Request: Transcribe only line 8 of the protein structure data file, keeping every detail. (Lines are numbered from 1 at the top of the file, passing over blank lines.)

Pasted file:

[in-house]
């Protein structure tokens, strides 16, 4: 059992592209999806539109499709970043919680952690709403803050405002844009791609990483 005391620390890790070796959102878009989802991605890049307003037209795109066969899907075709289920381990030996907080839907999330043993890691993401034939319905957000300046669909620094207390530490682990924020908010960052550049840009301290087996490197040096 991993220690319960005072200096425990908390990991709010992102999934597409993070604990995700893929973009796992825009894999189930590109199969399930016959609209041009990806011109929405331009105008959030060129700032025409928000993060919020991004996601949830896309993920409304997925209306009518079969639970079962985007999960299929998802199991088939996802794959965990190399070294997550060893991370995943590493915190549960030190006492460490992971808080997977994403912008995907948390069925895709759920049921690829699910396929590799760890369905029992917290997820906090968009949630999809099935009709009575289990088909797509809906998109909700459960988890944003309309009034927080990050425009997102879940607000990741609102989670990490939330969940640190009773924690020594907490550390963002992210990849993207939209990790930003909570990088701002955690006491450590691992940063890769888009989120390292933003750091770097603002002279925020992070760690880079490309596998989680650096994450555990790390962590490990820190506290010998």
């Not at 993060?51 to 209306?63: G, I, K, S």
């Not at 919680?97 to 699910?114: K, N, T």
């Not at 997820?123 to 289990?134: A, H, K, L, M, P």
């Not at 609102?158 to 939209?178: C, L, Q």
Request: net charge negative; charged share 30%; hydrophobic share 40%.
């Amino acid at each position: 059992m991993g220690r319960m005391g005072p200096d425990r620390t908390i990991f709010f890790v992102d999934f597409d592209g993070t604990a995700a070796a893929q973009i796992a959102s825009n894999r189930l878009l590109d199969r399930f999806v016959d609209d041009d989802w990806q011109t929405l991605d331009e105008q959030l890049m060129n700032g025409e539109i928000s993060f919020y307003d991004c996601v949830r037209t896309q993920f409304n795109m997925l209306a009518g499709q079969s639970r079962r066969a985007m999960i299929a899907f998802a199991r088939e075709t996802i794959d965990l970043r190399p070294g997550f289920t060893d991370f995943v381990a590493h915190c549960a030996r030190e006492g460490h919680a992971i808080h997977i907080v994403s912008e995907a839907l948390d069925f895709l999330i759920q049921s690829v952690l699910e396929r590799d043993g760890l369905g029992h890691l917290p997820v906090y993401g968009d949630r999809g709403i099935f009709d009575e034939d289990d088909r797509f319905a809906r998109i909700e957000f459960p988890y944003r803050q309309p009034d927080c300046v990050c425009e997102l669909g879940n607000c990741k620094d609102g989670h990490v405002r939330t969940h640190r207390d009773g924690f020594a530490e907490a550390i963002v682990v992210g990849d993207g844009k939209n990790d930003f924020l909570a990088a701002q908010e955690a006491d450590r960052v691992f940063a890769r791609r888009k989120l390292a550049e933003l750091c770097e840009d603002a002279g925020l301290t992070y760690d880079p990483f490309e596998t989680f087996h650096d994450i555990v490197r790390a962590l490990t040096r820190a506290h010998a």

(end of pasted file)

């Amino acid at each position: 059992m991993g220690r319960m005391g005072p200096d425990r620390t908390i990991f709010f890790v992102d999934f597409d592209g993070t604990a995700a070796a893929q973009i796992a959102s825009n894999r189930l878009l590109d199969r399930f999806v016959d609209d041009d989802w990806q011109t929405l991605d331009e105008q959030l890049m060129n700032g025409e539109i928000s993060f919020y307003d991004c996601v949830r037209t896309q993920f409304n795109m997925l209306a009518g499709q079969s639970r079962r066969a985007m999960i299929a899907f998802a199991r088939e075709t996802i794959d965990l970043r190399p070294g997550f289920t060893d991370f995943v381990a590493h915190c549960a030996r030190e006492g460490h919680a992971i808080h997977i907080v994403s912008e995907a839907l948390d069925f895709l999330i759920q049921s690829v952690l699910e396929r590799d043993g760890l369905g029992h890691l917290p997820v906090y993401g968009d949630r999809g709403i099935f009709d009575e034939d289990d088909r797509f319905a809906r998109i909700e957000f459960p988890y944003r803050q309309p009034d927080c300046v990050c425009e997102l669909g879940n607000c990741k620094d609102g989670h990490v405002r939330t969940h640190r207390d009773g924690f020594a530490e907490a550390i963002v682990v992210g990849d993207g844009k939209n990790d930003f924020l909570a990088a701002q908010e955690a006491d450590r960052v691992f940063a890769r791609r888009k989120l390292a550049e933003l750091c770097e840009d603002a002279g925020l301290t992070y760690d880079p990483f490309e596998t989680f087996h650096d994450i555990v490197r790390a962590l490990t040096r820190a506290h010998a």